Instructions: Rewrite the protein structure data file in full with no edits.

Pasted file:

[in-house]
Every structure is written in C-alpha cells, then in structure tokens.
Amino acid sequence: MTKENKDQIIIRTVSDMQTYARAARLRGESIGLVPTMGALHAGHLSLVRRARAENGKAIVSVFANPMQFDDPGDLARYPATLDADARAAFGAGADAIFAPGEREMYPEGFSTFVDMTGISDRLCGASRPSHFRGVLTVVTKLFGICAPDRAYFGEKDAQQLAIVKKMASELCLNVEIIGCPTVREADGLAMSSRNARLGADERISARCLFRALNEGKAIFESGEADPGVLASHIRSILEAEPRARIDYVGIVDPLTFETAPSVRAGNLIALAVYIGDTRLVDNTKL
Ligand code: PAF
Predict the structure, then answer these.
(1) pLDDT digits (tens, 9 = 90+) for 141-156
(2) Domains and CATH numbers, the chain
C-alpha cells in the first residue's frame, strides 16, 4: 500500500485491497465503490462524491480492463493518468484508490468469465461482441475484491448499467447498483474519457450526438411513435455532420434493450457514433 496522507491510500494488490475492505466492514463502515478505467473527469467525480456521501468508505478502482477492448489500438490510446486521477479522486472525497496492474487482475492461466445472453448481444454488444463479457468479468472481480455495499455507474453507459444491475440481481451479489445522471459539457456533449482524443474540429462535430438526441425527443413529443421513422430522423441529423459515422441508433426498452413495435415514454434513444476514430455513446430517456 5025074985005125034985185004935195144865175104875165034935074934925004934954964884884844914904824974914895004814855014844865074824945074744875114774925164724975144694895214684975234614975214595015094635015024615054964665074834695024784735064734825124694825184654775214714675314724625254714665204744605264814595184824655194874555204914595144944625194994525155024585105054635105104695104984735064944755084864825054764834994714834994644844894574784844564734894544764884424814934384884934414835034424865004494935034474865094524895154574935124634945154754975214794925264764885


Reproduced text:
[in-house]
Every structure is written in C-alpha cells, then in structure tokens.
Amino acid sequence: MTKENKDQIIIRTVSDMQTYARAARLRGESIGLVPTMGALHAGHLSLVRRARAENGKAIVSVFANPMQFDDPGDLARYPATLDADARAAFGAGADAIFAPGEREMYPEGFSTFVDMTGISDRLCGASRPSHFRGVLTVVTKLFGICAPDRAYFGEKDAQQLAIVKKMASELCLNVEIIGCPTVREADGLAMSSRNARLGADERISARCLFRALNEGKAIFESGEADPGVLASHIRSILEAEPRARIDYVGIVDPLTFETAPSVRAGNLIALAVYIGDTRLVDNTKL
Ligand code: PAF
Predict the structure, then answer these.
(1) pLDDT digits (tens, 9 = 90+) for 141-156
(2) Domains and CATH numbers, the chain
C-alpha cells in the first residue's frame, strides 16, 4: 500500500485491497465503490462524491480492463493518468484508490468469465461482441475484491448499467447498483474519457450526438411513435455532420434493450457514433 496522507491510500494488490475492505466492514463502515478505467473527469467525480456521501468508505478502482477492448489500438490510446486521477479522486472525497496492474487482475492461466445472453448481444454488444463479457468479468472481480455495499455507474453507459444491475440481481451479489445522471459539457456533449482524443474540429462535430438526441425527443413529443421513422430522423441529423459515422441508433426498452413495435415514454434513444476514430455513446430517456 5025074985005125034985185004935195144865175104875165034935074934925004934954964884884844914904824974914895004814855014844865074824945074744875114774925164724975144694895214684975234614975214595015094635015024615054964665074834695024784735064734825124694825184654775214714675314724625254714665204744605264814595184824655194874555204914595144944625194994525155024585105054635105104695104984735064944755084864825054764834994714834994644844894574784844564734894544764884424814934384884934414835034424865004494935034474865094524895154574935124634945154754975214794925264764885